The Magazine

Dance to Excess

Bob Fosse, demon choreographer.

Feb 17, 2014, Vol. 19, No. 22 • By GINA DALFONZO
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There’s an anecdote here that perfectly captures the choreographer-director Bob Fosse (1927-1987). At the end of the musical Pippin (1972), the hero is supposed to say he feels “trapped but happy” with his new family. Over the protests of his team, Fosse cut the last two words, deliberately sending audiences out on a sour note. 

Shirley MacLaine, Bob Fosse (1969)

Shirley MacLaine, Bob Fosse (1969)

associated press

“Bob,” says composer Stephen Schwartz, “was imposing his own psychological demons on a story that in many ways couldn’t support that.”

And indeed, Fosse had demons. Frequently molested and humiliated in the burlesque clubs where he worked as a teenager, and never forgiving his parents for not shielding him, he carried a darkness that manifested itself in twin obsessions with sex and death. Cleverly, Wasson reflects this latter obsession in his chapter titles, which count down from “Sixty Years” to “One Hour and Fifty-Three Minutes.”

Little of this darkness was apparent when Bob Fosse was a fresh young face in Hollywood. Variety had called him a “prospect for Gene Kelly roles” and he danced brilliantly in a few MGM musicals, most notably Kiss Me Kate (1953). But he lacked Kelly’s cheerful confidence. Fosse was driven by insecurity, and Wasson posits that the classic Fosse style—hat pushed over the face; tiny, twitchy moves; a focus that was “down and in” instead of “up and out,” as Donna McKechnie puts it—was rooted in his shyness. 

If Hollywood was unwelcoming at first, Broadway was different. Hired to choreograph The Pajama Game (1954), Fosse instantly made his mark on musical theater, and his shyness didn’t keep him from pushing for (and getting) a codirector credit. As his career blossomed, and he began directing films as well as stage shows, he fought for more control—until he was writing as well as choreographing and directing. As his influence increased, Fosse’s shows darkened. Relatively bright musicals like Damn Yankees (1955) and Sweet Charity (1966) gave way to the bleak Chicago (1975) and the film version of Cabaret (1972, which won him an Oscar).

“He was draining the color,” Wasson writes of the Chicago dances. “These were not people but bodies, automatons. Their eyes were still and mean.”

Fosse went on to make a morbidly autobiographical film, All That Jazz (1979), in which, essentially, he filmed his own death eight years before it happened—and in which he callously let the young actor Keith Gordon suffer much the same kind of humiliation he had endured in those burlesque clubs. Yet the darkness couldn’t repel those who cared for him. His first two wives never got over him; his third wife, Broadway legend Gwen Verdon, filed for separation after catching him “with a couple German girls” during the making of Cabaret. Still, until Fosse’s death, Verdon kept starring in his productions, assisting with his choreography, and catering to his whims.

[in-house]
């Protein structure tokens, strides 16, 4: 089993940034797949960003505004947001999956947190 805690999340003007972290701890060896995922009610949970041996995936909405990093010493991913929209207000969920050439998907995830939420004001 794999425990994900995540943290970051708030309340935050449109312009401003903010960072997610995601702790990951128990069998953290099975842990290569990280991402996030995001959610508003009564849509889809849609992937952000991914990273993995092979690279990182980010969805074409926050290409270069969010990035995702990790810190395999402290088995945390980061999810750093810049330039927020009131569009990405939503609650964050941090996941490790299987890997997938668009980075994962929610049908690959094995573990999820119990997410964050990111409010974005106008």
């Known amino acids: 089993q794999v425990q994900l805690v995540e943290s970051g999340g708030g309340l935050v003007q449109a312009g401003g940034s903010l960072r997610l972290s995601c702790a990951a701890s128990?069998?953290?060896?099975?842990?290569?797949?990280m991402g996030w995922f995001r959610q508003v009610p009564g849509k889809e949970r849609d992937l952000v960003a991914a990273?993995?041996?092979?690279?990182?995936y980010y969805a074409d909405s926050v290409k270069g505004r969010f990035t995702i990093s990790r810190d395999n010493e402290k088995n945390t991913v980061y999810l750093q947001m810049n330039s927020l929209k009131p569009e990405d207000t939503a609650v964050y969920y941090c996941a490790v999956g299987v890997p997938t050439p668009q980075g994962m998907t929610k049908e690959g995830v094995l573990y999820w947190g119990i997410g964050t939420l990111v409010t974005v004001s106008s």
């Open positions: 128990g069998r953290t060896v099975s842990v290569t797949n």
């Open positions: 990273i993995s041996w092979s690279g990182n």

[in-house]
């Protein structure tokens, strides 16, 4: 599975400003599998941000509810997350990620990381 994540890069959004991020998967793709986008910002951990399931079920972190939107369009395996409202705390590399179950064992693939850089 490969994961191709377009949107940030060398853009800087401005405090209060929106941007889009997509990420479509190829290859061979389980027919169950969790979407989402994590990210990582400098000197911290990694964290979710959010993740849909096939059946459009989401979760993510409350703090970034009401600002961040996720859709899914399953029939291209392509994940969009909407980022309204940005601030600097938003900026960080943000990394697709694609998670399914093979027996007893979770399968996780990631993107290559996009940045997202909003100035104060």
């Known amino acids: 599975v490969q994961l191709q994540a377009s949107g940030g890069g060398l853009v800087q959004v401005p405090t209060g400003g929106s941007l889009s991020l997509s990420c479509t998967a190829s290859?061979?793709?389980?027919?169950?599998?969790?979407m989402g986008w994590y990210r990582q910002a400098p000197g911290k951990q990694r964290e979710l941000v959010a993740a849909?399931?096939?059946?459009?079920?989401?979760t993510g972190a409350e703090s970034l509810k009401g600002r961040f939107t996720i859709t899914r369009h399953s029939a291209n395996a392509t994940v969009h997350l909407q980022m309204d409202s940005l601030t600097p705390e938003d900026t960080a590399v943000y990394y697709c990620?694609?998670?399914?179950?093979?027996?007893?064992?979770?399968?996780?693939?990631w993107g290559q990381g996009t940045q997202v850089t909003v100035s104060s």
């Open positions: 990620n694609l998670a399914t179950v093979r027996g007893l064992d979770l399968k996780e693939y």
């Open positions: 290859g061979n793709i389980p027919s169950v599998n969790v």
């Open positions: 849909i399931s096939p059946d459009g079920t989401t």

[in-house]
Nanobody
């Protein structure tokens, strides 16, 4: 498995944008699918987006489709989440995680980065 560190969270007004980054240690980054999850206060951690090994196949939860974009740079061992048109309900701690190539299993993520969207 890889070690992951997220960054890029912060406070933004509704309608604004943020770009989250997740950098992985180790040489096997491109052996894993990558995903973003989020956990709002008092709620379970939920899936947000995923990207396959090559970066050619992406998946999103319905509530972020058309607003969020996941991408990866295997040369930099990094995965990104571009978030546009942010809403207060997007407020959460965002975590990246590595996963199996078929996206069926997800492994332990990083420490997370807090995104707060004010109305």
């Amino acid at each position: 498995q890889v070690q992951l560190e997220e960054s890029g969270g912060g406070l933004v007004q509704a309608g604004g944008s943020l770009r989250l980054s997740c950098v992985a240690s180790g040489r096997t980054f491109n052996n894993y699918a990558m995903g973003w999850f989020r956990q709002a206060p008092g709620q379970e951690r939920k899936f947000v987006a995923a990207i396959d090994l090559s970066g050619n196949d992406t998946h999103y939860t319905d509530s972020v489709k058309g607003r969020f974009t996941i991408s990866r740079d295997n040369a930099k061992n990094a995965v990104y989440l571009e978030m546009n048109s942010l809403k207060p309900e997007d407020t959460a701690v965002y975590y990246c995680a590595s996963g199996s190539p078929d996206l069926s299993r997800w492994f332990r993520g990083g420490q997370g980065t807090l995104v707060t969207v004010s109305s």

For Fosse was a tough habit to break. His genius, charm, and empathy with his dancers proved irresistible to scores of them—even though, for him, the line between consent and harassment barely existed. Dancer Phyllis Sherwood recalled how, when she was 16, Fosse came to her hotel room and exposed himself. But, she adds, “We laughed about it afterward. .  .  . He was such a sweet guy—no matter what he did, you couldn’t stay that mad.” Her fellow dancer Candy Brown contends that “he never had a sleaziness about him.”

In fact, Fosse’s behavior was very nearly the dictionary definition of sleazy. Cheryl Clark walked off the set of All That Jazz when Fosse tried to make her dance topless, telling him, “I’ve seen you exploit girls since I was 21 years old and you’re not going to exploit me.” Fosse called in another dancer, Sandahl Bergman, and, after she did the number, he tried “pimping” her (Wasson’s word) to one of the producers. With women, as with work, Fosse was always pushing to see how much he could get away with.

Of course, these things were thought about differently back then. But one would hope that a contemporary biographer might achieve a little critical perspective. Instead, Sam Wasson—so perceptive about Fosse’s work—views Fosse’s personal life through tinted glasses, claiming that “the net result of Fosse’s sexual involvement was mostly positive.” Indeed, he speaks of Fosse building “a family”—and it’s strangely true that various wives, mistresses, and one-night stands formed genuine friendships. His widow Gwen Verdon, daughter Nicole, and longtime girlfriend Ann Reinking worked harmoniously together on Fosse-related projects after he died. If this was “family,” it was a Sister Wives sort of setup—with Fosse, even after death, very much the man in charge.

Gina Dalfonzo is editor of and Dickensblog.